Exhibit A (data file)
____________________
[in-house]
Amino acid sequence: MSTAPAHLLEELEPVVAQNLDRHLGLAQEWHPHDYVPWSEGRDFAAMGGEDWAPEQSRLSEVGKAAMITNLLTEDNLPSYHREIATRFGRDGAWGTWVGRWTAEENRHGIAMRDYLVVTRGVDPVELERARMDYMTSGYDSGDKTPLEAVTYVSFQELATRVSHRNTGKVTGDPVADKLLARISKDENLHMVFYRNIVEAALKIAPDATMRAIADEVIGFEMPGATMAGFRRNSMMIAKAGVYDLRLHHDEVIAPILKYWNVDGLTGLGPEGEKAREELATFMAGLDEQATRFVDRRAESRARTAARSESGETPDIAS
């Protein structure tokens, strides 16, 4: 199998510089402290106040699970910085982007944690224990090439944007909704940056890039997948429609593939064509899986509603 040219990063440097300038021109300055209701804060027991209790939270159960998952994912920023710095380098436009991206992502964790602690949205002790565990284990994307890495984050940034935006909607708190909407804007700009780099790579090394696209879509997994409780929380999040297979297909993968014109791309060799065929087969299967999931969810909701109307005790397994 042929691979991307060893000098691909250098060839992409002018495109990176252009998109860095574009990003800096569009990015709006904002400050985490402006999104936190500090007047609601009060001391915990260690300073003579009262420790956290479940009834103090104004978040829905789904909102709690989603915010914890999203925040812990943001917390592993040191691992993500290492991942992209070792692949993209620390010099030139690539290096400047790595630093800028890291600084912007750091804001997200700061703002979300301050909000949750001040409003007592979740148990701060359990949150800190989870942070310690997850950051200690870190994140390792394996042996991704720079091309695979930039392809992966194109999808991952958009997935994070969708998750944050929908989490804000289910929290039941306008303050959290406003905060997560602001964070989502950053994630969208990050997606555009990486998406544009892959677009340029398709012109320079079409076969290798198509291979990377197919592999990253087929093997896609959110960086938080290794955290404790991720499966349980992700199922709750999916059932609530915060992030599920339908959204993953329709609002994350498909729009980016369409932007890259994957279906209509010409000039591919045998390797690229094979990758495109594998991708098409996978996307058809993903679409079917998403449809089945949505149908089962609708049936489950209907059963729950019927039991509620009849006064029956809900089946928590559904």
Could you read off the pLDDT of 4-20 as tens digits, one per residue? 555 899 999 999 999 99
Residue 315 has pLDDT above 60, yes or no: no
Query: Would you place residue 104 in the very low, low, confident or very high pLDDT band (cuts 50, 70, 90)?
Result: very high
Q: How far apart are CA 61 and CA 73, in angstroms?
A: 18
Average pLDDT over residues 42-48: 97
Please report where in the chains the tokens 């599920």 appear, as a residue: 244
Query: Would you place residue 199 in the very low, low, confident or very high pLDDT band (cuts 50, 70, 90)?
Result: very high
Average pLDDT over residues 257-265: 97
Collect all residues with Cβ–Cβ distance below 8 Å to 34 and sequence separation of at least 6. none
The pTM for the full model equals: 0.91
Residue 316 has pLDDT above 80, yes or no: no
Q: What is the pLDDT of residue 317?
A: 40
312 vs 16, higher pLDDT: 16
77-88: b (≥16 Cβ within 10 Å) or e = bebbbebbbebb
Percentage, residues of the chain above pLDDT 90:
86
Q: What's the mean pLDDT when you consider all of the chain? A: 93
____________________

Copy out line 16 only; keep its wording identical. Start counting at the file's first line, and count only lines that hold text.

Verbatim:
The pTM for the full model equals: 0.91